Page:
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Since the mid-1990s, Japan appears to have fallen into a continuous negative spiral in every respect. The past decade alone has ample examples of how the nation has been trapped into the vicious downward cycle.

On March 11, 2011, the disaster at the Fukushima No. 1 nuclear power plant forced the government to fundamentally rethink its energy policy which, at one point before the disaster, sought to rely on nuclear power for more than 50 percent of the nation’s electricity supply. The Basic Energy Plan revamped in July 2018 said renewables will be a primary source of energy, but a steep gap remains between the targets of the energy policy and the reality of the nation’s energy landscape.

The Abe administration’s Abenomics policy — which is, after all, little more than an aggressive monetary stimulus program — is nearing an end, along with the administration itself, without ever achieving its deflation-busting target of a 2 percent annual inflation.

If economics is a branch of science, reflationary economic theories have now been refuted by the large-scale social “experiments” that Japan has gone through. What have been touted as the achievements of Abenomics, including the upsurge in share prices and the weak yen, remain at the mercy of external shocks such as the trade dispute between the United States and China, turbulence in U.S. stock markets and the COVID-19 pandemic.

The improvement in the job market in recent years is not so much the fruit of monetary easing as an outcome of the collapse of Japanese-style labor practices based on lifetime employment, as shown in the increase of people with irregular jobs. In short, it became easier for businesses to increase or reduce people on payroll, and the employment cost per worker has declined. The average annual growth of Japan’s economy from 2012 to 2019 stands at a meager 1 percent. It doesn’t seem that a strong economy drove job creation.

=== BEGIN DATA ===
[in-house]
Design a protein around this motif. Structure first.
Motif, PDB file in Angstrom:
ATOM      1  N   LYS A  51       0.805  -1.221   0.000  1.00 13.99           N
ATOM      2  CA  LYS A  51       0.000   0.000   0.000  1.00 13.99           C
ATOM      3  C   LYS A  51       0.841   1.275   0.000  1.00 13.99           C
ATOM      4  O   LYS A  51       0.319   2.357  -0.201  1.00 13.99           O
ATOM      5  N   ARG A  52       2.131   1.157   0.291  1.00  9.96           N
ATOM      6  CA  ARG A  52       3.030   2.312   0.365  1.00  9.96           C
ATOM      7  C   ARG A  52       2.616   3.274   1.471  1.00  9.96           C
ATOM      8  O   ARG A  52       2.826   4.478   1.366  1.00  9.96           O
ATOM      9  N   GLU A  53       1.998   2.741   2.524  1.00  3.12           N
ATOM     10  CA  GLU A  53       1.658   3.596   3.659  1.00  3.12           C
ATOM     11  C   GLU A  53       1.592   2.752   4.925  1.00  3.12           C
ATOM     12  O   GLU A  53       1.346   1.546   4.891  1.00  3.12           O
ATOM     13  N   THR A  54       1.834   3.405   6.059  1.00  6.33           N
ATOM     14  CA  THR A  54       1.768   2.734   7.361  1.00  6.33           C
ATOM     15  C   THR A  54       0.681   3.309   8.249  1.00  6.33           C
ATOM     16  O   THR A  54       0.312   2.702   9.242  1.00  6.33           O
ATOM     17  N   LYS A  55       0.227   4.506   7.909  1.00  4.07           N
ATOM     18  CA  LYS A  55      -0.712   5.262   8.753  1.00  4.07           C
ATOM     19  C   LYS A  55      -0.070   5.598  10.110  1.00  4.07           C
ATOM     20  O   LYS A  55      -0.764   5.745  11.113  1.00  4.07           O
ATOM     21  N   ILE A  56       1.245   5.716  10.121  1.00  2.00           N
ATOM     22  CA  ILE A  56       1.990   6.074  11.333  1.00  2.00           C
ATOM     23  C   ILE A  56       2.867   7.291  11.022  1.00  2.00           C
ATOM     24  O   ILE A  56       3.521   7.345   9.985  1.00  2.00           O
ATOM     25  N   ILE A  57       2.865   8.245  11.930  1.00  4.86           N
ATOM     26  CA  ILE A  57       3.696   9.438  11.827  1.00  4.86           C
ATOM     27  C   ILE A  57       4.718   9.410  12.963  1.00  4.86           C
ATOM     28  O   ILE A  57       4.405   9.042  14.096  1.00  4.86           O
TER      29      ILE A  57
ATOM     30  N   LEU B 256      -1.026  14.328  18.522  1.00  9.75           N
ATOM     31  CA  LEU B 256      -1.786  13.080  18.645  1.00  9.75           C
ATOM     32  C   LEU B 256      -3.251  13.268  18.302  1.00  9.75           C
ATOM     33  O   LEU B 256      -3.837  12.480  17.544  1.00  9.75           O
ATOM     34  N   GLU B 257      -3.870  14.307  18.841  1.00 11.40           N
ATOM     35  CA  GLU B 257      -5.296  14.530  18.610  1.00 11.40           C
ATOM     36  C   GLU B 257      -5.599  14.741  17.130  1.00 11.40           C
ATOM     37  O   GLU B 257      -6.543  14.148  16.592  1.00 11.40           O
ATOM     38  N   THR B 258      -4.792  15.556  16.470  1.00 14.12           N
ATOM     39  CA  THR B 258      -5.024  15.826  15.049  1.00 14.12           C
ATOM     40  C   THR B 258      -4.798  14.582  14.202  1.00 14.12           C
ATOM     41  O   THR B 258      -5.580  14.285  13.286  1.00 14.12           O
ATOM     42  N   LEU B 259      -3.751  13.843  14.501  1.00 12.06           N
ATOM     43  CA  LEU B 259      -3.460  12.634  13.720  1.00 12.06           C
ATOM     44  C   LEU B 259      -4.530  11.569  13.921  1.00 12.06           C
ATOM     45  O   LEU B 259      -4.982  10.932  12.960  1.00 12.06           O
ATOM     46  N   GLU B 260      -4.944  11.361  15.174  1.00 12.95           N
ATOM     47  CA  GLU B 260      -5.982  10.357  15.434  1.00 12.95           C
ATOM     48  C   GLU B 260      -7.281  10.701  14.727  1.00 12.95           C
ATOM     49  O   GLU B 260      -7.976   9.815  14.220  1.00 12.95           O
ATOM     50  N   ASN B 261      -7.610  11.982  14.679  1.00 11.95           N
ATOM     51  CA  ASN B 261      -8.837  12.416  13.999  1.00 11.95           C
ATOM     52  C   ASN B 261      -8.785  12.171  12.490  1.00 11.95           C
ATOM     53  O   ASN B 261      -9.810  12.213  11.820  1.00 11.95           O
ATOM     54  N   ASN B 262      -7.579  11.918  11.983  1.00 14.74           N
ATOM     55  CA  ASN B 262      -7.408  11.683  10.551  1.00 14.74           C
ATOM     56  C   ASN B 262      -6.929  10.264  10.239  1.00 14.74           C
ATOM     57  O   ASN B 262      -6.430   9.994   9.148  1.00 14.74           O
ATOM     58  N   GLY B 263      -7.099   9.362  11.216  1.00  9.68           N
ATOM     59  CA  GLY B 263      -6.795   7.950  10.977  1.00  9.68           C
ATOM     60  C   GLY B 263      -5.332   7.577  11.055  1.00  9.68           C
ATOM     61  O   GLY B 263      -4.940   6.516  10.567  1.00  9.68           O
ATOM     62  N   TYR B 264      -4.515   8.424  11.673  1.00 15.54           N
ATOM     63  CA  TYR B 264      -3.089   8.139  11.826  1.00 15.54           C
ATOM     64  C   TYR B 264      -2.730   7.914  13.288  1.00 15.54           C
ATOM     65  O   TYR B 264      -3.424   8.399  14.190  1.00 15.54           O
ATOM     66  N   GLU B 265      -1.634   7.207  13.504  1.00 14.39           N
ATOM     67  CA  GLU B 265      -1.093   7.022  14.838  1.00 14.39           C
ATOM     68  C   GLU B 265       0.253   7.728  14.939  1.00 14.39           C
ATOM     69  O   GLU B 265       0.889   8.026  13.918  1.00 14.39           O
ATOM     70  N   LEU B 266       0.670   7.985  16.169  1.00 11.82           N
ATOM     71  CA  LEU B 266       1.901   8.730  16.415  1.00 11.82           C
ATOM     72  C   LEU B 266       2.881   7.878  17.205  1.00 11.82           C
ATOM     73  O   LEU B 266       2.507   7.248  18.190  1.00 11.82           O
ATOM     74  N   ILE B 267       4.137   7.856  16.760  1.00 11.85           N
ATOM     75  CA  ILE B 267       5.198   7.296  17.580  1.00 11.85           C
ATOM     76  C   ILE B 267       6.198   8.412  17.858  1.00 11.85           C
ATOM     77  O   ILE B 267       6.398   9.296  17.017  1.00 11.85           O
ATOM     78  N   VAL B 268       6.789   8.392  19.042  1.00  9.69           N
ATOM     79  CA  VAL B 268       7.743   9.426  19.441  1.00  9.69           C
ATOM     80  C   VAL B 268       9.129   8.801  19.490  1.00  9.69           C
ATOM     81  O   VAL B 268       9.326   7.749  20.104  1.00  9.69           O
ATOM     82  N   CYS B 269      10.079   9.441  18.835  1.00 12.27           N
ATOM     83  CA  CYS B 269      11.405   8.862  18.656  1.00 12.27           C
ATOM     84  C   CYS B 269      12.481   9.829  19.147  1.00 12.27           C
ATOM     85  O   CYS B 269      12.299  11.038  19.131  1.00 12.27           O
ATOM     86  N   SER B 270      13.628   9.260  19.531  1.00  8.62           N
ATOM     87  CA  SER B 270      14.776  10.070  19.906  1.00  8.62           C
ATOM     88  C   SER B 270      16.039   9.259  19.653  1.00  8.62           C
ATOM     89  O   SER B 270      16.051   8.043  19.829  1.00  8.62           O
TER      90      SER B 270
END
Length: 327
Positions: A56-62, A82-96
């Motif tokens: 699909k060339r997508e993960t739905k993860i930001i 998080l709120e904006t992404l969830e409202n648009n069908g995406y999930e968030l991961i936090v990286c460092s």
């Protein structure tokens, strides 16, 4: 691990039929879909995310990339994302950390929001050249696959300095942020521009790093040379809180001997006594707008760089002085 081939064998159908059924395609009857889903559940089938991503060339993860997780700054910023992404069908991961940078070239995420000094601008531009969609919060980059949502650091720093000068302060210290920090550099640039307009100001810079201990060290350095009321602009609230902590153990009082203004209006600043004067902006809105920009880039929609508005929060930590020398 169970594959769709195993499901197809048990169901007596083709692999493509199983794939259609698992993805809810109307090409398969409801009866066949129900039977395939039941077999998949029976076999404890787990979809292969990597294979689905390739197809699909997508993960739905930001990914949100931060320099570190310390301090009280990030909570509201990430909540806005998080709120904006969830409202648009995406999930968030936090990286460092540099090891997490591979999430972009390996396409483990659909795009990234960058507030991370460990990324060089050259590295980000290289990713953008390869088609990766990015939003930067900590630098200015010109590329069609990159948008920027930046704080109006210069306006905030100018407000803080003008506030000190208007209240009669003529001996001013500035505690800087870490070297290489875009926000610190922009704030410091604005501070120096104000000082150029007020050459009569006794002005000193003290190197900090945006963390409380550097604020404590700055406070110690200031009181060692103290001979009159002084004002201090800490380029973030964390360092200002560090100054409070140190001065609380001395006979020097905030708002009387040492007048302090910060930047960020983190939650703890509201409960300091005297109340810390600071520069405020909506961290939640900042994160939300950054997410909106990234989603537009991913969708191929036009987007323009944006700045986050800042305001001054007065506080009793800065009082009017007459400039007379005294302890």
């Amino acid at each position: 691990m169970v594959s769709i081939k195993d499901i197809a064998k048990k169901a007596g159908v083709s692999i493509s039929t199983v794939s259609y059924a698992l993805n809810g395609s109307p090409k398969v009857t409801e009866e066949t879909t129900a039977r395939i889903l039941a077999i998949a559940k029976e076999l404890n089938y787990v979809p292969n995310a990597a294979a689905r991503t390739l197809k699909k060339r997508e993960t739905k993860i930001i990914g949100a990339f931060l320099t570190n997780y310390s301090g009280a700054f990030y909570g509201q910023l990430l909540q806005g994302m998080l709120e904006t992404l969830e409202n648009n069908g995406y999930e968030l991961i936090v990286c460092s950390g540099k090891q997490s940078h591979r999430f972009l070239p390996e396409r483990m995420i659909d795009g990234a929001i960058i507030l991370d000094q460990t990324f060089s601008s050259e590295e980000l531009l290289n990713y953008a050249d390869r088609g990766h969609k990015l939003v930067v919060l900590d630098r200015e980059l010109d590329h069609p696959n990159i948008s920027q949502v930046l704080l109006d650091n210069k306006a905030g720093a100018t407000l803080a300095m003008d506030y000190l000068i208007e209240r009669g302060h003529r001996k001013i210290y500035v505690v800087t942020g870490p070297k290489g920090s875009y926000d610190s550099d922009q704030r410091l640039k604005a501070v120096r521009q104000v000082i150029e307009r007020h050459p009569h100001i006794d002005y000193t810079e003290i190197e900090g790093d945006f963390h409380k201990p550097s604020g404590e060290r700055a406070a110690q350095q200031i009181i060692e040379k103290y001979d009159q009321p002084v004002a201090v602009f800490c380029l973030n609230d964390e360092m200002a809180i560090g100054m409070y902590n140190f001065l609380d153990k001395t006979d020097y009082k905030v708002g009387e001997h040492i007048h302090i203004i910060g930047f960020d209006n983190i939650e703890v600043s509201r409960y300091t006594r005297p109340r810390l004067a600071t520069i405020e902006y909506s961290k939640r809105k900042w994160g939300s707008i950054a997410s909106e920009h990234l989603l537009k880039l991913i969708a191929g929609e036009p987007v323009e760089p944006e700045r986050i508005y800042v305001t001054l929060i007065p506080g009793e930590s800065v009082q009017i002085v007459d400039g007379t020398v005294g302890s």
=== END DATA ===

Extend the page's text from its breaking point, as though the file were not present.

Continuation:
On the political front, Japan was ruled by the Democratic Party of Japan-led governments of Prime Ministers Naoto Kan and Yoshihiko Noda in the first two years of the past decade, and by the Liberal Democratic Party under Prime Minister Shinzo Abe since December 2012. The one thing common to all three administrations is the absence of a solid political philosophy.

For good or bad, Yukio Hatoyama (prime minister from 2009 to 2010) was leaning strongly toward liberalism, while Junichiro Koizumi (2001 to 2006) was a genuine new conservative who admired British Prime Minister Margaret Thatcher. On the other hand, Kan and Noda were nothing other than realists, while Abe follows the path of state capitalism and populism.

When the DPJ came to power in 2009, I rejoiced because I thought that Japanese politics had at long last matured, with conservative and liberal forces competing for power. But I soon realized my joy was unfounded as politicians and bureaucrats continued to tell lies and flock to where they could benefit from vested interests and privileges. I might be asking for too much if I want politicians and bureaucrats to have solid political philosophies, but at least I can hope for them to have a strong will to serve the nation.

Once an undisputed global power in science and technology, Japan now lags far behind the United States and China in research. In the 2020 World University Rankings announced by the Times Higher Education, only two Japanese universities — the University of Tokyo and Kyoto University — ranked among the global top 100 institutions, with no other Japanese school placing within the top 300.